Tuesday, October 13, 2009

The Daily Strike-10/13/09-Finally, Finance

Good evening and welcome to the Daily Strike. It was a big day for health reform, so let's get right to it.

HEALTH CARE: Finally, after months of seemingly endless delay, the Senate Finance Committee passed its version of health reform by a vote of 14-9. The biggest prize for the Democrats was securing the vote of Senator Olympia Snowe (R-ME). Snowe held her cards close to her chest, but decided to support the legislation at the end because she wanted to be a part of history. All Democrats on the committee supported the bill. All Republicans except for Snowe voted no. The bill will now be merged with the Senate HELP bill and will be sent to the Senate floor in two weeks at the earliest.

Overall, this is a very good day for health reform. For the first time ever, all committees of jurisdiction have now passed health reform bills, and they are about 80 percent identical. Even if Congress adopts the lowest common denominator of what's in these bills, it will be a vast improvement over what we have now. I got into an interesting discussion with The Big Picture about how Snowe's decision will impact the debate. On the one hand, if Snowe withheld her support, Democrats could give up on the Republicans, go it alone using the reconciliation process, and pass a strong, progressive bill. On the other hand, Snowe's vote keeps momentum on the side of progress. It also will help convince wavering Centrist Democrats that they have some bipartisan cover. I think that Snowe's positive vote is a huge net positive. So much of the politics behind health reform is how the effort is portrayed in the media, and what the "conventional wisdom" is among Washington elites. Because of Snowe's vote, the conventional wisdom now holds that health care reform is a foregone conclusion and it behooves reticent Democrats to get on the train.

Majority Leader Reid has his work cut out for him as he merges the two bills together. The Senate Finance bill did not have a public option, while the HELP bill did. The HELP bill also had an employer mandate, and more generous subsidies. Reid will have to balance having a good strong bill with the need to get 60 votes to break a Republican filibuster. Of course, whatever is not included in the merged bill will come up during the amendment process. Any amendment can be filibustered, meaning it would require 60 votes to pass. Therefore, Reid should include all of the most liberal provisions in the merged bill. I'd much rather have Republicans and conservative Democrats looking for 60 votes to strip these provisions out than liberal Democrats finding 60 votes to put these provisions in.

For his part, President Obama congratulated Senator Baucus (D-MT) for completed the bill. He reminded us that much work remains to be done. I think at this point, the President will be pretty closely involved with negotiations as bills come to the floor of the House and Senate.

Overall, I'm feeling good. Today's vote confirms one thing: this is not 1993. Health care reform will pass in some form this year, and our country will be better off for it.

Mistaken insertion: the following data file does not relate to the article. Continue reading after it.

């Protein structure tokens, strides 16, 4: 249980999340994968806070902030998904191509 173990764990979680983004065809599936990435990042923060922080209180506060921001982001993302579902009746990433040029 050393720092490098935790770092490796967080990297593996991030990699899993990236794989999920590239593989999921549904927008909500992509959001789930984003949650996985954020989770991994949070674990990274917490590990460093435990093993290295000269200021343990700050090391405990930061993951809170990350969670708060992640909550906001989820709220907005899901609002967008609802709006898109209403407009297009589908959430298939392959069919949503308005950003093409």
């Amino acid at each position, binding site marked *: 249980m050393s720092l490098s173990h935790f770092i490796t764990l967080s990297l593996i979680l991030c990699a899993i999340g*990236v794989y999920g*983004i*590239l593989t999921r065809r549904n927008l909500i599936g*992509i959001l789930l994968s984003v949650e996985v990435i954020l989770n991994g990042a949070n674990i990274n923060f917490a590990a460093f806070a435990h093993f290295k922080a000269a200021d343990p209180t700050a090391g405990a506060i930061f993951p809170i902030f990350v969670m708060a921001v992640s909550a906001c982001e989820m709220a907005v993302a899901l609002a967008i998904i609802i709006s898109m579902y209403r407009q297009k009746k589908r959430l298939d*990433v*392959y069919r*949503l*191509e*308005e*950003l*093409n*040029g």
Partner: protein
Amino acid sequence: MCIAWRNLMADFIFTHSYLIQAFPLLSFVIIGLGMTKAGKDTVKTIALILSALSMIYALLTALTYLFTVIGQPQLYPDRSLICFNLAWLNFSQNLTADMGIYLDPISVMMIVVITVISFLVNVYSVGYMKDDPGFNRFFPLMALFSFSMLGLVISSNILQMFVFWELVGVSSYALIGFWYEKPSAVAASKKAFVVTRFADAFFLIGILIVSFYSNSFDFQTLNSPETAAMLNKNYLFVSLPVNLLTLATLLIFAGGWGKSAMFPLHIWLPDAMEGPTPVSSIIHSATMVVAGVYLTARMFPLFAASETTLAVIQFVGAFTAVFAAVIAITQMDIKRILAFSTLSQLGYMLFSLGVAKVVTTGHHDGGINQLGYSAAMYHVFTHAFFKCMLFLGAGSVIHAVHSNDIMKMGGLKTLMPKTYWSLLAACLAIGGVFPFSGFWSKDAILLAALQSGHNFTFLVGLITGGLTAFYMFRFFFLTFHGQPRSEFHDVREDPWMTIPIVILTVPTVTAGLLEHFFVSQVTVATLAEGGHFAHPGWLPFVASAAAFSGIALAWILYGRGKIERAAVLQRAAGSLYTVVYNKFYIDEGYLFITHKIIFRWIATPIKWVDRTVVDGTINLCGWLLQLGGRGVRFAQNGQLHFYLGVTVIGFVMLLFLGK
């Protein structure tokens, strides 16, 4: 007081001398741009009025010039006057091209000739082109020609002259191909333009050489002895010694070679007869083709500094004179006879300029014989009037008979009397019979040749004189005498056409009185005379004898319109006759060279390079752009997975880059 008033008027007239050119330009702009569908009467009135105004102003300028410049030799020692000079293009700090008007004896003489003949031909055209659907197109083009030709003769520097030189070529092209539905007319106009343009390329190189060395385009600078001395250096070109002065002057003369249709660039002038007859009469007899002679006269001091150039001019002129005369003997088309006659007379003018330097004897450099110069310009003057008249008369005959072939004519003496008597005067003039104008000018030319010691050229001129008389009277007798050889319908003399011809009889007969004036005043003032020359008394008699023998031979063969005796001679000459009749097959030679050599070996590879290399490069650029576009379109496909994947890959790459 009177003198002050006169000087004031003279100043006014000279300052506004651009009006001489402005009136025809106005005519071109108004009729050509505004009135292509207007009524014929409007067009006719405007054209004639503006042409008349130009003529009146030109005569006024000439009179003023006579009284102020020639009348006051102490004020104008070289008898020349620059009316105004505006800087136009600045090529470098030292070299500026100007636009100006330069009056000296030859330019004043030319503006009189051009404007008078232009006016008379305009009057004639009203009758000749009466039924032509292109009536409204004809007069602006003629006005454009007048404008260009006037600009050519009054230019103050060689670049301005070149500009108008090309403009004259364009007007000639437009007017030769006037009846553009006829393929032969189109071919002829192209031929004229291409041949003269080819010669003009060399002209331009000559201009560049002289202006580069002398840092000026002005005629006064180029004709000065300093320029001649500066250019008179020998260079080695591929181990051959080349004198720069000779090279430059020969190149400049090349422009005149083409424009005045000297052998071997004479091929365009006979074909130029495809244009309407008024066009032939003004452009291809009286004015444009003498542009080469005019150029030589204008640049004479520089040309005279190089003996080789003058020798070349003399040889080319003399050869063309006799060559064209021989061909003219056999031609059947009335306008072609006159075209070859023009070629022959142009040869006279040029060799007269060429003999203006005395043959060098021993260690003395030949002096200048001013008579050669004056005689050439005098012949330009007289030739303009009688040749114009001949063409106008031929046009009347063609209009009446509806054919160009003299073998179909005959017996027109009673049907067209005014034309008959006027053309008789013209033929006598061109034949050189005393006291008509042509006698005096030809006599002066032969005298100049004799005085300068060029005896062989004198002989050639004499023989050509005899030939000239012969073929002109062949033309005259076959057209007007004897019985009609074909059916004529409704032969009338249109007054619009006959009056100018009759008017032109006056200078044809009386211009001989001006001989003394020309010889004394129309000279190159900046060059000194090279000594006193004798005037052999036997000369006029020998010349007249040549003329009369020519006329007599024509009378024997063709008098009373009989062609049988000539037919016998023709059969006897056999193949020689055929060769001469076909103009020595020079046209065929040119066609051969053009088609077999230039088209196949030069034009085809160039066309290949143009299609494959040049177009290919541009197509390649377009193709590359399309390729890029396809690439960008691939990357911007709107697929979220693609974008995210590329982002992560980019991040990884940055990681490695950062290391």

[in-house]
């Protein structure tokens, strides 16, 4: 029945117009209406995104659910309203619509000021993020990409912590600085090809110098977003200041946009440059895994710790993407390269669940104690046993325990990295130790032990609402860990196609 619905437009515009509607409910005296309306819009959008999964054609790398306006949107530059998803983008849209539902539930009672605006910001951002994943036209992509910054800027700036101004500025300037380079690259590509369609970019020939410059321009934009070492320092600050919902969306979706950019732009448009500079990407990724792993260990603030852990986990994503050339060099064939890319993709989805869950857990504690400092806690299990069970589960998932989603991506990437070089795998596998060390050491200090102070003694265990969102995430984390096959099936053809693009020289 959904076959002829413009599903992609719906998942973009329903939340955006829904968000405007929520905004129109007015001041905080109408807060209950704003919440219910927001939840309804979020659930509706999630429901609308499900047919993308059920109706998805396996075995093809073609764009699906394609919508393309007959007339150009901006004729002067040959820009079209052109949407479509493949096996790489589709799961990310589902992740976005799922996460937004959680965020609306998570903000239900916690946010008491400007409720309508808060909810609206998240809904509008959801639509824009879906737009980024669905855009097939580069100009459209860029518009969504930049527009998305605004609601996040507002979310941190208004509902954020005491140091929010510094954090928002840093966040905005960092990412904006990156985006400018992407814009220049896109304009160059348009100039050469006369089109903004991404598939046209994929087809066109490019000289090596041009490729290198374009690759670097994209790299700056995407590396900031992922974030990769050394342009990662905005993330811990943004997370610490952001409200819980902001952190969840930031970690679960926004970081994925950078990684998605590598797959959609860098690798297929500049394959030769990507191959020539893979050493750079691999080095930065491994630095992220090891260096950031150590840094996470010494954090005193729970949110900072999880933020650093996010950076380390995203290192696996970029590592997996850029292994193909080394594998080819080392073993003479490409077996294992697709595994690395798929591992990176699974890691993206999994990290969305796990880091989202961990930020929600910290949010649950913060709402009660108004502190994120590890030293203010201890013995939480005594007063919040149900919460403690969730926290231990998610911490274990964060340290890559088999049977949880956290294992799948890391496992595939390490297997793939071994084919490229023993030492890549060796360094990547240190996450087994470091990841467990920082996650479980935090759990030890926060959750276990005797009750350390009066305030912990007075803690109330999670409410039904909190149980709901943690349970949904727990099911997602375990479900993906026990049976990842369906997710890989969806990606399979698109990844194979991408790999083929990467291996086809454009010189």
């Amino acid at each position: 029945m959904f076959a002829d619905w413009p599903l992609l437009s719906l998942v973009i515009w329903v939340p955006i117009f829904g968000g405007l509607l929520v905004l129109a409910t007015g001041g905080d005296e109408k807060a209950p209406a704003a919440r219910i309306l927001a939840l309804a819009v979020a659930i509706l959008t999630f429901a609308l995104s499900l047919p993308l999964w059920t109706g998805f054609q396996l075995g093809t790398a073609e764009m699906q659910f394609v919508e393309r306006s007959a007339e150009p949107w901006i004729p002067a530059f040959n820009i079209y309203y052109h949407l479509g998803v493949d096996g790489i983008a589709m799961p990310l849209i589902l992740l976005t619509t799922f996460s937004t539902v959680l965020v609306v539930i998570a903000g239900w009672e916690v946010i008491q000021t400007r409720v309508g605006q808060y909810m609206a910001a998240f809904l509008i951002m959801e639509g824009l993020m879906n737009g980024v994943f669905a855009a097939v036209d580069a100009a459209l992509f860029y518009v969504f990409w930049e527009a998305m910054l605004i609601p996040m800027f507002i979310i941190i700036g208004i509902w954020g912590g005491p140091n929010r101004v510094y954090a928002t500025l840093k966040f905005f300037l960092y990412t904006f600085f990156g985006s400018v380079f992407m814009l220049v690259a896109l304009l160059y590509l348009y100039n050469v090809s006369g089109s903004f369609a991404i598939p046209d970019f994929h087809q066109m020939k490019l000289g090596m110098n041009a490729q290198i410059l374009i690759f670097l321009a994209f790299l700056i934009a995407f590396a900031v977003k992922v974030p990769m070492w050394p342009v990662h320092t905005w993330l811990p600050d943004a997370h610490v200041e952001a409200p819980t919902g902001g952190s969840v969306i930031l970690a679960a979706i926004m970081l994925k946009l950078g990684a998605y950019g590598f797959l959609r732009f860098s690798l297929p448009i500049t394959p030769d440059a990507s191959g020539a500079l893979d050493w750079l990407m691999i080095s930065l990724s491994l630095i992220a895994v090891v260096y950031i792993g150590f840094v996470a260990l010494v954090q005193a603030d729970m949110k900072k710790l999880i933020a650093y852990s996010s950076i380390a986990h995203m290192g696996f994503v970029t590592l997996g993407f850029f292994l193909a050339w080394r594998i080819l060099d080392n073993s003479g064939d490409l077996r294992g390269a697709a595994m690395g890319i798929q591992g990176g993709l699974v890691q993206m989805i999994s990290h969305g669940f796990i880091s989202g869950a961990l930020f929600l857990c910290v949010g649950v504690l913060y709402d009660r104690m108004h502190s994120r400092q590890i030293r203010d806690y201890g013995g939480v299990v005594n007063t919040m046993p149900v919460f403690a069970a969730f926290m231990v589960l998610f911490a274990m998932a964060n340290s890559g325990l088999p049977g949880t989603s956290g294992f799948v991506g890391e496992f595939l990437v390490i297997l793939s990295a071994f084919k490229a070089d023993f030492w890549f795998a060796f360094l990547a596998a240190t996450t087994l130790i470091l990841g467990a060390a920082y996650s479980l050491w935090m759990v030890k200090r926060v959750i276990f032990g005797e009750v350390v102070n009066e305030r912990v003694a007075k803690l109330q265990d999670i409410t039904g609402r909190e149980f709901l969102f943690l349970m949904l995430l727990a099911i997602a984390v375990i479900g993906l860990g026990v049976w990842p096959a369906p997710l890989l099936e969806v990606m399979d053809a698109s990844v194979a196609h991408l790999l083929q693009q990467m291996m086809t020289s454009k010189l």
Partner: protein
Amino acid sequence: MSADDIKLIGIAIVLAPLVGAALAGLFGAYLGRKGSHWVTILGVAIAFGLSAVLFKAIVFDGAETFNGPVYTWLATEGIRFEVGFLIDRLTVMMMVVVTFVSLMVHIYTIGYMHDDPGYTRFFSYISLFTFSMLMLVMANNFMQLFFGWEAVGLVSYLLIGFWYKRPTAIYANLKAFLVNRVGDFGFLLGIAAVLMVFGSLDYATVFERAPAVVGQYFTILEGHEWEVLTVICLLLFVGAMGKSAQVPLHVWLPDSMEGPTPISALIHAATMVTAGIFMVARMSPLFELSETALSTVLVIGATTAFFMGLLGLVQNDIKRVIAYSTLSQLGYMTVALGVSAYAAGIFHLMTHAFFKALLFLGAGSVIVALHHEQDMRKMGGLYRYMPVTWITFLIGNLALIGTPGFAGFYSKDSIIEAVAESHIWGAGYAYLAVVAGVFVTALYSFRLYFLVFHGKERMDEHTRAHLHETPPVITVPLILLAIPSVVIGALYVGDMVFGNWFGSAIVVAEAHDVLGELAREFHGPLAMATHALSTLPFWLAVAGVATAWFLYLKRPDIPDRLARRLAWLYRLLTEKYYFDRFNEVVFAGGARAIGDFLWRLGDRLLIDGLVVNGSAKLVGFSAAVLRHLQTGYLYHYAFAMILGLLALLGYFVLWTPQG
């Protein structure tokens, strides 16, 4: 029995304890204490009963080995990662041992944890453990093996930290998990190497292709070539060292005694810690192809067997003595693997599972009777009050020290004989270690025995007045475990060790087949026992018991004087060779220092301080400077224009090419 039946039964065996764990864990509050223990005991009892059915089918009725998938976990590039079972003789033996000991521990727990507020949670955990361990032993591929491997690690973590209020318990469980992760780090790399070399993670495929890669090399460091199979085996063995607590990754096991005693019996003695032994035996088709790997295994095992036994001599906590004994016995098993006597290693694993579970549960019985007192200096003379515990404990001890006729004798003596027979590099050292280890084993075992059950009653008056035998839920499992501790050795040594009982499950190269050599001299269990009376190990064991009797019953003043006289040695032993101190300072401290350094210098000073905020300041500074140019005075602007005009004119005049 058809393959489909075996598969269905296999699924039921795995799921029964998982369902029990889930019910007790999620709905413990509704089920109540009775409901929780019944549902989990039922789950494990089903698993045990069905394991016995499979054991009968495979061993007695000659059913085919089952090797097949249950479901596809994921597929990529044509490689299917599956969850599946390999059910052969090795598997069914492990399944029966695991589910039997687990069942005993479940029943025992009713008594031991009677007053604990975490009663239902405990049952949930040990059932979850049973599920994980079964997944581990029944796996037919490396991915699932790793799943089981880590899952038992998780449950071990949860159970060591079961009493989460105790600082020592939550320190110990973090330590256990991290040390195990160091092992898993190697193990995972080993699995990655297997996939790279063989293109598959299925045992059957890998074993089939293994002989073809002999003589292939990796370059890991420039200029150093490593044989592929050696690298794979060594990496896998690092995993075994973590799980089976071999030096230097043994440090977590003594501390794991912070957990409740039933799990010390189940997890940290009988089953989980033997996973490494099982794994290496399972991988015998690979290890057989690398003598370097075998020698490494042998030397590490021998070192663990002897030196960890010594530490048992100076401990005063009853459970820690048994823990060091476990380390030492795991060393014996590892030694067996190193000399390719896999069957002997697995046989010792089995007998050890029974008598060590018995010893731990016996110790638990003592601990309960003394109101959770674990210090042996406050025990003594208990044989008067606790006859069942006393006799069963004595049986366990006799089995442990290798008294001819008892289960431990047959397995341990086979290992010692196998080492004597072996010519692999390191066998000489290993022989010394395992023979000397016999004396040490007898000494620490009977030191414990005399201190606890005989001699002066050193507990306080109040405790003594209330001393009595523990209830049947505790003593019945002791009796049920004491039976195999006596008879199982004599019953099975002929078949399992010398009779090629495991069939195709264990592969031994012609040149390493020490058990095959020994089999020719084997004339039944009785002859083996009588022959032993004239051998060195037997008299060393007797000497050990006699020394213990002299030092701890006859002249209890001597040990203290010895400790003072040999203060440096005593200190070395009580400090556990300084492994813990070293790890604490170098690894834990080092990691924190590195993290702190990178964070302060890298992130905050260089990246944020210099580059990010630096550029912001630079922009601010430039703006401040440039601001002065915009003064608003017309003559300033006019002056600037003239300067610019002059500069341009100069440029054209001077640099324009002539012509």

THE WHITE HOUSE: The President met today with Spanish Prime Minister Zapatero at the White House. The two discussed Spain's commitment to the War in Afghanistan. Obama denied that he has changed his opinion from earlier in the year when he seemed eager to add more troops to secure the region. Obama claimed that the plan was always to reevaluate the situation after the Afghan elections in August. Washington is continuing to wait anxiously as Obama and his national security team reach some sort of decision on how to proceed.

THE SENATE: Besides the Finance vote, the story out of the Senate today is more stagnation. Senators voted on a cloture motion this afternoon that would have ended debate on the Commerce, Justice and Science Appropriations bill. On a pure party line vote, the motion failed 56-38. Senator Reid voted no for procedural reasons, so that he can bring up the motion again at a time of his choosing. The reason the Democrats couldn't cut off debate was that they were missing three of their own members. With Senator Reid's vote, that would have gotten them the 60 votes necessary to cut off debate. I have no idea why Republicans, even the "moderate" ones have decided to filibuster this bill.

The Senate will either have to start working on another appropriations bill or try to round up votes to finish this one. They also have a couple of House-passed appropriations conference reports waiting at their doorstep. And they haven't even touched House-passed bills dealing with Climate Change, Food Safety and Education, with just several weeks left in this year's session. Ladies and Gentleman, the United States Senate.

THE HOUSE: The House had a quiet day today, only voting on a few suspension bills. They'll tackle more appropriations conference reports tomorrow. Still no word on when we might see a health care bill come to the House floor. House Speaker Pelosi has promised to get CBO to provide a cost estimate and give members 72 hours notice prior to a vote. That means we may be looking at an early November vote.

That's it for today, see you tomorrow!

No comments:

Post a Comment